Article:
Gauss Law - Conducting cylindrical shell

  • Thread starter MichaelT
  • Start date
  • #1
MichaelT
25
0
1. A thick conducting cylindrical shell has an inner radius Rsub1 and outer radius Rsub2. It has a net excess charge = Q, and it is L long. Find electric field at certain points given.

Ok, when r is less than Rsub 1, the electric field is zero. And when r is greater than Rsub2, it is easy to calculate using Gauss's Law. Now, when r is between Rsub1 and Rsub2...what is the excess charge inside the Gaussian cylinder? I know that any net charge in a conductor must be on one of the surfaces. But on which one, and how much on each?

This might be a silly guess, but maybe Q/2 ?
 

Answers and Replies

  • #2
Doc Al
Mentor
45,447
1,907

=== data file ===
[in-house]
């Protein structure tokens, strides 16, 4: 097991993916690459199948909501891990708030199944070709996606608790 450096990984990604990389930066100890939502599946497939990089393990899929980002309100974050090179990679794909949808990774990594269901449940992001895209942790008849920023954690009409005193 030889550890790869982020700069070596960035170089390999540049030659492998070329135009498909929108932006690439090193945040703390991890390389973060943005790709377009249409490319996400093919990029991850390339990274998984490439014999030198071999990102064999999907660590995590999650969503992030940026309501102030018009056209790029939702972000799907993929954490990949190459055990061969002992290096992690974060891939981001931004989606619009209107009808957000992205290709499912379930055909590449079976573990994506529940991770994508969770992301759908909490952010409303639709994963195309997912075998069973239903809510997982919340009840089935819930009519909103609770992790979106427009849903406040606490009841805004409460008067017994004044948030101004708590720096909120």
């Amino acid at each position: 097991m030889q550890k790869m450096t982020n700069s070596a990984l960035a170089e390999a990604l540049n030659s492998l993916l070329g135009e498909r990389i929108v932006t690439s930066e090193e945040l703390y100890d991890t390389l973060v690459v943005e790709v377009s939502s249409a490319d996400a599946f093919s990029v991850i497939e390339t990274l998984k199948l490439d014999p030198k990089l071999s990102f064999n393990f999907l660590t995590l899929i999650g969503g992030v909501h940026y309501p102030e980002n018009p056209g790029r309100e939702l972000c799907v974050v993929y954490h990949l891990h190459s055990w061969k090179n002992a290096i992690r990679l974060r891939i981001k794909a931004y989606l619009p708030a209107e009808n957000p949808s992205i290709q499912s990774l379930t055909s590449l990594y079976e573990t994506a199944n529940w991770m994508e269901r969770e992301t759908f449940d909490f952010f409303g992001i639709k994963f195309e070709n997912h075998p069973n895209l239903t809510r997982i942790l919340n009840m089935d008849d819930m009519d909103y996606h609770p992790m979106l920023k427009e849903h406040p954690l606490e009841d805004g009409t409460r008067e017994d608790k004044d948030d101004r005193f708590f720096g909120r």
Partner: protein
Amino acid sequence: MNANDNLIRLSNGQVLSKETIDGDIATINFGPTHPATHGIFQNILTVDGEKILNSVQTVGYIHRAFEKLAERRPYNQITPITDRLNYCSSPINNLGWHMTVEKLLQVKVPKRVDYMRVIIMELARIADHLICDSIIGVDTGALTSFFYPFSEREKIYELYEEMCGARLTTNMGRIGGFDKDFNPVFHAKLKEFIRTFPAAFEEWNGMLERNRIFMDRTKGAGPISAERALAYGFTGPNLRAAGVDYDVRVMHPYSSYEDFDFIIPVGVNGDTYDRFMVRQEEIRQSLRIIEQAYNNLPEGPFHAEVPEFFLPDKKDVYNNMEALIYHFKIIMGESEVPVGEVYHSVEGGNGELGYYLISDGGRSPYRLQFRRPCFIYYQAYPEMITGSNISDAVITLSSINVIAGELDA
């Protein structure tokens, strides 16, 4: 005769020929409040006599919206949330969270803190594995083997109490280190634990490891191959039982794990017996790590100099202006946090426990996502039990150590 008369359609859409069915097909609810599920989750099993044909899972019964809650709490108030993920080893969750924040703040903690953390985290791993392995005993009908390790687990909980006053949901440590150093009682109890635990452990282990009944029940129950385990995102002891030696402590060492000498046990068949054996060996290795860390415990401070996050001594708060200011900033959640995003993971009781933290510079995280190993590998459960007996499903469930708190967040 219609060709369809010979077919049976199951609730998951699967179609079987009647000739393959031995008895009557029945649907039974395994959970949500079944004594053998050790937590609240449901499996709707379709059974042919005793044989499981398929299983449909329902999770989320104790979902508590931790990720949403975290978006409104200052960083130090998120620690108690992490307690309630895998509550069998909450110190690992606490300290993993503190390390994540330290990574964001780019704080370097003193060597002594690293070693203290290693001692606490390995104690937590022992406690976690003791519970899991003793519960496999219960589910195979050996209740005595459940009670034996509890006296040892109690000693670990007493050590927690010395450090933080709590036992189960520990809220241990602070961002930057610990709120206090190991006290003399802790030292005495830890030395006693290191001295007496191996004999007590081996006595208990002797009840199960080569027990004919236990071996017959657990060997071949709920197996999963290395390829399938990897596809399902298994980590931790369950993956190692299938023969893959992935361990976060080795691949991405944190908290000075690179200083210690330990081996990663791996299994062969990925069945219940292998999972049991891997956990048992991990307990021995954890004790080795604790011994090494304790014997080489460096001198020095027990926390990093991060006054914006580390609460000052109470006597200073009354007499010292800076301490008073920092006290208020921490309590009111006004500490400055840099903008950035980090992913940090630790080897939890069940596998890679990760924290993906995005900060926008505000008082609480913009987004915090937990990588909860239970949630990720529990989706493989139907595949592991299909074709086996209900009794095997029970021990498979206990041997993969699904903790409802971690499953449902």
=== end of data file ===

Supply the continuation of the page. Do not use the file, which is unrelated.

What's the field within the material of the conducting shell? (Between R_1 and R_2.)
 
  • #3
MichaelT
25
0
The electric field inside the material of a conducting shell is zero when the conductor is in electrostatic equilibrium. Does that still hold even though this conductor has a net charge of Q?
 
  • #4
Doc Al
Mentor
45,447
1,907
Absolutely.
 
  • #5
MichaelT
25
0
Ok, that's cool. A little strange to me though. Intuitively it does make sense, but when you use Gauss's Law, wouldn't there be some excess charge inside a Gaussian cylinder with r between R_1 and R_2? Or would the excess charge Q remain on the outer surface of the conductor?
 
  • #6
Doc Al
Mentor
45,447
1,907
The excess charge can only exist on the surface of the conducting cylinder. Since there's no charge contained in the cavity (at r < R_1), there's no charge on the inner surface. (Convince yourself of this using Gauss's law.) Thus all excess charge is on the outer surface.
 

Suggested for: Gauss Law - Conducting cylindrical shell

Replies
7
Views
281
Replies
2
Views
291
Replies
10
Views
575
Replies
8
Views
3K
  • Last Post
Replies
20
Views
685
  • Last Post
2
Replies
44
Views
1K
Replies
3
Views
567
  • Last Post
Replies
6
Views
1K
  • Last Post
Replies
1
Views
404
  • Last Post
Replies
1
Views
431
Top